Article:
What role do men have in the fight for women’s empowerment and gender equality? How can males participate in the uphill climb towards better female representation? Why is male allyship important? To answer these questions this International Women’s Day, we ask three male advocates what being an ally looks like for them.
As a chief executive with over 18 years of experience in senior leadership and investment roles in Europe and Asia, Jalil Rasheed, Group CEO of Berjaya Corporation, has seen concrete evidence that links diversity, equity and inclusivity (DEI) to business performances.
“This rings true as a harmonious workplace carrying positive values will increase consumers trust and belief in the brand or organization, which in turn will impact the bottom line positively in the long run,” he reasons.
As a father of two young girls, this is a cause that takes on a personal agenda.
He says, “It is a subject that is close to my heart because I am acutely aware of the challenges my daughters are likely to face so I hope to make it a more equitable environment. My measure of success is that one day we never have to speak about DEI as it has become a way of life.”
Beyond just the act of hiring more women, Jalil counts proper DEI efforts as including equal opportunities in all foundational areas from pay rates, types of roles, representation in leadership and management teams to career-building opportunities, amongst others. This is important because only then can organisations attract and retain good talents.
Diversity also significantly improves productivity. “Diversity in opinion, perspectives and approaches results in more thought-provoking discussions which in turn allow for a more holistic decision- making within the organization, he tells.
As the topic of women empowerment and conversations on DEI pick up once more with the dawning of International Women’s Day, this is how Jalil seeks to contribute to the arena with his experience and influence as a proud male ally.
Walking the Talk
Jalil started with the areas he has authority to make change, Berjaya Corporation
He took a top-down approach, ensuring that Berjaya Corporation’s board and senior manament are well represented by women. Today, the corporation’s board members encompass 57% women. Out of its 9,700 employees, 49% of that are women. They directly service the corporation’s customer demographic that includes a high percentage of women, namely 84% in the case of Cosway’s customers.
“It is important for us to set the tone on the importance of DEI agenda at the decision-making level to ensure it gets cascaded all the way down and across our subsidiaries,” Jalil shares.
On top of just putting them there, Jalil seeks to kepe them there by ensuring they are properly taken care of. He does this by setting up the corporation’s Justness, equity, Diversity and Inclusivity (JEDI) Programme, that overlooks anti-harassment and employee rights, ensures inclusive work space and practices and bias-free people processes and systems.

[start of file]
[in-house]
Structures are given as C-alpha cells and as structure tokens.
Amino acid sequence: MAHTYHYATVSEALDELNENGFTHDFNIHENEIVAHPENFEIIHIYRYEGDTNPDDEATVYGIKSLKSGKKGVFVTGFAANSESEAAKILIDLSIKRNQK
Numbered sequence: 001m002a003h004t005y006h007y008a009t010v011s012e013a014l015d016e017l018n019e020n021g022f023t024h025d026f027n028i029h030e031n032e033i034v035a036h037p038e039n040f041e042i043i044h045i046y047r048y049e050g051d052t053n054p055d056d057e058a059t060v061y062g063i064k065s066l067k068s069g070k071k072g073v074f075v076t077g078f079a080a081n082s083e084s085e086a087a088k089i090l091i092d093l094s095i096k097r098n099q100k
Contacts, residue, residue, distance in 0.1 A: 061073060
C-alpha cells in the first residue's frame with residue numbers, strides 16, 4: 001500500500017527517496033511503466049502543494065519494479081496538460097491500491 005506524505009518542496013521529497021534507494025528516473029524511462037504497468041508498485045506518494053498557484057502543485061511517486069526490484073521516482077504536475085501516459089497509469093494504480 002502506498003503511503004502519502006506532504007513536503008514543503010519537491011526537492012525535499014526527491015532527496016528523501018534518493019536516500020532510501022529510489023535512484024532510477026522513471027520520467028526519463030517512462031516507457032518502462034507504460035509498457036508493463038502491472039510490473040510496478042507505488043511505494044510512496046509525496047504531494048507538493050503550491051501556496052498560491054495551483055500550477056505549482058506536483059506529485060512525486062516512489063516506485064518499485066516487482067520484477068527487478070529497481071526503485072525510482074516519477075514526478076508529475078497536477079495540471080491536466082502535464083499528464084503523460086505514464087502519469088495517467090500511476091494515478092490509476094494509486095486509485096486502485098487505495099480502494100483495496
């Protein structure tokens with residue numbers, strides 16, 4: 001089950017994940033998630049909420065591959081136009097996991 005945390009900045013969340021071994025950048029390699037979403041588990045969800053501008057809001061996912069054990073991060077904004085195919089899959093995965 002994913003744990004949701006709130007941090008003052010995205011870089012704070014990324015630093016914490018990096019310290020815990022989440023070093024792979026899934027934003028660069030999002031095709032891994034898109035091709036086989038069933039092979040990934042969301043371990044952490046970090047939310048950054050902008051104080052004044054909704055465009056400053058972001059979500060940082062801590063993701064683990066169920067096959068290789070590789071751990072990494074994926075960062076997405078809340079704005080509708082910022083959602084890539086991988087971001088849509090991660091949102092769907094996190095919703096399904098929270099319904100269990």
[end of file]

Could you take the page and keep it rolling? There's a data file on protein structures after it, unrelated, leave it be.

Jalil adds, “I am also looking at having DEI metrices incorporated into individuals and organizational performance evaluation in the coming year.”
Getting there has not been easy. Jalil acknowledges that some bias are deeply ingrained as much as we need to work towards overcoming them. For him, it is unconscious bias that he pays extra attention to.
“Unconscious bias remains one of the biggest challenges to me. We subconsciously take certain actions based on facts or experiences from the past which can be damaging to the current situation at hand. Common biases such as age, gender and looks should not be part of any conversation especially during hiring process. It is crucial to eliminate bias at every step so that everyone feels a sense of belonging,” he reflects.
He is trying to overcome it by talking more about it. “Best way is through dialogue and discussion. Better culture starts with better conversations, and I am slowly inculcating the culture into my organization.”
His steps in embedding this into practice is by continuously revisiting people-related processes to reflect DEI, beginning with recruitment all the way to performance management.
Firmwide education is also on his agenda. “Many hiring managers would have biasness that is impossible to eliminate so we need to acknowledge and address them. Some quick-win actions can also be taken immediately such as eliminating photo from CVs, having a gender-neutral interview panel and not determining compensation based on a job’s applicant salary history solely.”
Men for diversity, equity and inclusivity
Being a male ally is a natural decision for Jalil and he hopes to encourage more to get on board. After all, women empowerment does not, and should not, end with the women doing all the work.
“It is a major culture change to promote inclusivity at every level of society –home, work, community,” he opines. “It is one of the many catalysts in pushing through the DEI agenda especially in workplace. This is important as equality in workplace is one of the benchmarks of a progressive country which translates back into the country’s economic growth.”
For those unsure of where to start, Jalil recommends baby steps, beginning with one’s own immediate circle. “Men can be mentors and take on mentees. I know this is usually done by those in leadership positions but those who are not should also start doing it. This will create more awareness on the challenges faced by their women peers at work so we can bring out the best in every individual and set a level playing field so that everyone has the right pathway to thrive.”
To widen that circle thereafter, it is important to have open dialogues. “Ideas around collaboration, respect, access, and safety need to be rigorously rejigged and openly discussed across the organisation,” he expounds.